Help Me Figure Out What Jordan Dangerfield Is Doing Here

I ask that semi-rhetorically because I think we all have a sense for what the goal is here. But, c’mon man! This has to be one of the least practical return ideas you’ll see this season.

Twice on Sunday against the Cincinnati Bengals, Danny Smith had Jordan Dangerfield do this. Loop around the whole field, running behind the Bengals’ coverage unit, to try and – I guess – set up a wall along the right side of the return. Here’s the two examples. Judge for yourself.

Again, you can kinda sorta tell what the aim is here. A return to the right with Dangerfield trying to be that extra guy to pave a lane. But this is so long-developing that he winds up watching the return, standing and waiting, for basically the entire time of the one return that happens in those two GIFs.

It frees up the away side of the coverage team to come down free and squeeze things back the backside, tracking down Fitzgerald Toussaint from behind after a short return.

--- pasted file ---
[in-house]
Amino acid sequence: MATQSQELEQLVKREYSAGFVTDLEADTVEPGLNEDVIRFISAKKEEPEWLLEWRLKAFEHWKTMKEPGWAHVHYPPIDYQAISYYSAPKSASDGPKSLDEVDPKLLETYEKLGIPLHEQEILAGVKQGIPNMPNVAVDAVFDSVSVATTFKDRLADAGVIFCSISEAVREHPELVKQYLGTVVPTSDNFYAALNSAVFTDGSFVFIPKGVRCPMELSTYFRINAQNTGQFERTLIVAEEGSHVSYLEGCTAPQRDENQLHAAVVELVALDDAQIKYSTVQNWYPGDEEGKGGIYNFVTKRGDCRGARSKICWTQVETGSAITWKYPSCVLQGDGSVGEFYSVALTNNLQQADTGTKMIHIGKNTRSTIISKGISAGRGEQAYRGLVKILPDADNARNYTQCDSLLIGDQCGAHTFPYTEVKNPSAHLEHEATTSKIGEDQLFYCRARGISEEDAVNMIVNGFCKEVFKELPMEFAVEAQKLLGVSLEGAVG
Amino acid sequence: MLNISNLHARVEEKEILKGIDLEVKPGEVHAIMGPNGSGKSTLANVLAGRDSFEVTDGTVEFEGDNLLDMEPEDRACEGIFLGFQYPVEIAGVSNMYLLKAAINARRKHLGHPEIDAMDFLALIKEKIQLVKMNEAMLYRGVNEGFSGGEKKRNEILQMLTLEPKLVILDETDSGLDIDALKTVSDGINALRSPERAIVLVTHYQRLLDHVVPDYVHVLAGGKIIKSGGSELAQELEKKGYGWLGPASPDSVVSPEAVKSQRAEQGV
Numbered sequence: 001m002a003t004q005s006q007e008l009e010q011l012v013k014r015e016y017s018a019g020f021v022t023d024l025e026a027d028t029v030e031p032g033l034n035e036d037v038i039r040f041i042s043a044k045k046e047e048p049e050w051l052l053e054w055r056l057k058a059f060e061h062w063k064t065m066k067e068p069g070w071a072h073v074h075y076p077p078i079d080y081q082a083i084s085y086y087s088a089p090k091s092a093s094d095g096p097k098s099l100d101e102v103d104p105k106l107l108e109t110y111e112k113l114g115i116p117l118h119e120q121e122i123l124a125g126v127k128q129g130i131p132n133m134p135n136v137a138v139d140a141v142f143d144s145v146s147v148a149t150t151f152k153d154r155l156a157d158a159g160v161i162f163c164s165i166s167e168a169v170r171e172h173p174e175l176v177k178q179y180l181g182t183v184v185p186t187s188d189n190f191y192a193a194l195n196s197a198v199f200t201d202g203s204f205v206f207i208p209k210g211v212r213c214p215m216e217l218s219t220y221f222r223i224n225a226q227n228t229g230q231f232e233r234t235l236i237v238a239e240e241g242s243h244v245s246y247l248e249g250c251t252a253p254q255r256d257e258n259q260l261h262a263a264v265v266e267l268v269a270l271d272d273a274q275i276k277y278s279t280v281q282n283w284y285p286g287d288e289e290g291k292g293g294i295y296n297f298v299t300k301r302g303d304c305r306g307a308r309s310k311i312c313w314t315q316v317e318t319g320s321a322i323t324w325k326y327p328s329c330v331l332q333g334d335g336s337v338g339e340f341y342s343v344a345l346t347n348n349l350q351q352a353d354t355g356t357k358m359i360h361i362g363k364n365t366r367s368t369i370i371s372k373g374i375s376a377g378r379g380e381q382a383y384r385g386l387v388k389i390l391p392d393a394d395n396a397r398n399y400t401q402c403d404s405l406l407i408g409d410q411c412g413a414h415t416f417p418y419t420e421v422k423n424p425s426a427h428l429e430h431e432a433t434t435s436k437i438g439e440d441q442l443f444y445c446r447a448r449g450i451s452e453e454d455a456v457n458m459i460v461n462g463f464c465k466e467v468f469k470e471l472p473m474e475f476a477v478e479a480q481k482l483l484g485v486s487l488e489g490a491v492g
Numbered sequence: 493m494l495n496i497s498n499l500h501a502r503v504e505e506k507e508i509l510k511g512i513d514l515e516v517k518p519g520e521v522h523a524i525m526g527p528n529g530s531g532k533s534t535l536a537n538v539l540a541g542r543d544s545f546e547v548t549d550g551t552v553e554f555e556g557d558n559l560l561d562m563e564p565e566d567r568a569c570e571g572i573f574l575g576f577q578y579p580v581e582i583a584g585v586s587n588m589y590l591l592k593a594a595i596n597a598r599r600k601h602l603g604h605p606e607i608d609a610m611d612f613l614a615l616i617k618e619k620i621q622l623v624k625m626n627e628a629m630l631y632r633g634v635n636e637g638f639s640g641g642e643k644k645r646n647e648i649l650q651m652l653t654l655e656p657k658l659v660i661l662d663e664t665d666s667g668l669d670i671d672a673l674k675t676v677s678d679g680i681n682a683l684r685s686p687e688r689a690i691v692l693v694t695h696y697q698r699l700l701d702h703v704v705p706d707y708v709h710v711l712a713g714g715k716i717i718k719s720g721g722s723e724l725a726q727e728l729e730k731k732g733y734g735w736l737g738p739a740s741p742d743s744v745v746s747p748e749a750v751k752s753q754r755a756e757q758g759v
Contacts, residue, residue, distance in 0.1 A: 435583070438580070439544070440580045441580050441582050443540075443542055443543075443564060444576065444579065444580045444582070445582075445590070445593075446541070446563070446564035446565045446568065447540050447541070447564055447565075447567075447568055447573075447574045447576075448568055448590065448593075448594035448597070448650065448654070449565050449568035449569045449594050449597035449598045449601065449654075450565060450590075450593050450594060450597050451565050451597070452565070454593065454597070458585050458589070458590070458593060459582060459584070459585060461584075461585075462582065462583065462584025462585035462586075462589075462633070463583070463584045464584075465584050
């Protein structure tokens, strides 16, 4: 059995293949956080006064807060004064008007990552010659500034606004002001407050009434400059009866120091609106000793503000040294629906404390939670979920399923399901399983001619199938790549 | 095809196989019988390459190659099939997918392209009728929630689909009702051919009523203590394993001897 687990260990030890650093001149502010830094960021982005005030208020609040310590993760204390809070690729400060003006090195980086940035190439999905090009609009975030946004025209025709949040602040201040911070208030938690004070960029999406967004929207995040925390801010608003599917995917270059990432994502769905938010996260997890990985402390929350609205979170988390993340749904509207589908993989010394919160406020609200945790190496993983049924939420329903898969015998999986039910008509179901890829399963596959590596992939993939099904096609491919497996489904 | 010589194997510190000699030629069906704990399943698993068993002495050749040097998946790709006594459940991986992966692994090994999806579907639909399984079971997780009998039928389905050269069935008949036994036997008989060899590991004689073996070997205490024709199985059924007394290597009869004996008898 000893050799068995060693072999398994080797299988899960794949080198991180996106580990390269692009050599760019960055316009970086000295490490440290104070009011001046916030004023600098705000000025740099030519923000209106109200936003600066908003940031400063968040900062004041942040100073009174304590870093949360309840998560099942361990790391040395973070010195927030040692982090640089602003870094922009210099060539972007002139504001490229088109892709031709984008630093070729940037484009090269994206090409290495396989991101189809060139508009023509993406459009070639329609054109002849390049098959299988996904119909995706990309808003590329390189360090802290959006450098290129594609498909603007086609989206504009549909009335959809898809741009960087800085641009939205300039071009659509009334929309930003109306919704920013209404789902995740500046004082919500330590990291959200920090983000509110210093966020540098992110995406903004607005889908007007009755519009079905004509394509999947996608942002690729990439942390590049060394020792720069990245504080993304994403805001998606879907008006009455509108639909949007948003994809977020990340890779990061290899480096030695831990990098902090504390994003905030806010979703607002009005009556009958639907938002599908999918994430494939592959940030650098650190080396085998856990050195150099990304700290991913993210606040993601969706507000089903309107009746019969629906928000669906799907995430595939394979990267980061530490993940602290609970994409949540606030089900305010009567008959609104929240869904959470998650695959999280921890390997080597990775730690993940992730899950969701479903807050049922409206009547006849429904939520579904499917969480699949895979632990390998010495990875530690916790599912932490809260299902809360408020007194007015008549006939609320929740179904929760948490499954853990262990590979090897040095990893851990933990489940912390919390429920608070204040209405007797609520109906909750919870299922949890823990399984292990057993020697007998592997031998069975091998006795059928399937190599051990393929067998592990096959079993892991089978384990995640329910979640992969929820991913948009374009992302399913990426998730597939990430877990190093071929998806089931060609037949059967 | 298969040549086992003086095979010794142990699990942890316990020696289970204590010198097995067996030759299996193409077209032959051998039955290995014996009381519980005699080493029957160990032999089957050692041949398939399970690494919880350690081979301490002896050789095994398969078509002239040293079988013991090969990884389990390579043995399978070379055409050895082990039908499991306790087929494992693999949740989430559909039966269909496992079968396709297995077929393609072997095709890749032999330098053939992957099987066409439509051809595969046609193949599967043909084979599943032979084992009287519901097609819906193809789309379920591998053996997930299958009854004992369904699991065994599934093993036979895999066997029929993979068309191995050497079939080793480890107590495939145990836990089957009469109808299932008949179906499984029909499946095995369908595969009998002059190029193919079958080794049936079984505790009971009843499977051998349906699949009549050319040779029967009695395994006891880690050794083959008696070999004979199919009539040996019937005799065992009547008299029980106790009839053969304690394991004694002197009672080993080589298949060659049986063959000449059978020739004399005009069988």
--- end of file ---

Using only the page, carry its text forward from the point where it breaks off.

The added issue is how obvious it is to any special team’s coach of how the Steelers will operate. They only ran this with Dangerfield, subbing him into this unit twice. It was Arthur Moats who started at this left tackle spot and when he was on the field, the Steelers would use their normal return.

They’re using Dangerfield because he’s obviously a better athlete who can motor across the field better than a linebacker but it makes it easy to recognize when there’s a new personnel member out there. You know exactly where the return is intending to go to before you even kick and can adjust accordingly (pin to the right, have the backside coverage team squeeze sooner).

Not to mention the risk you take of a block in the back because Dangerfield is forced to trail everybody. It makes him be super cautious, reducing his effectiveness.

I’m all for innovation on special teams and giving some different looks, but this one just seems inefficient, ineffective, and downright obvious.

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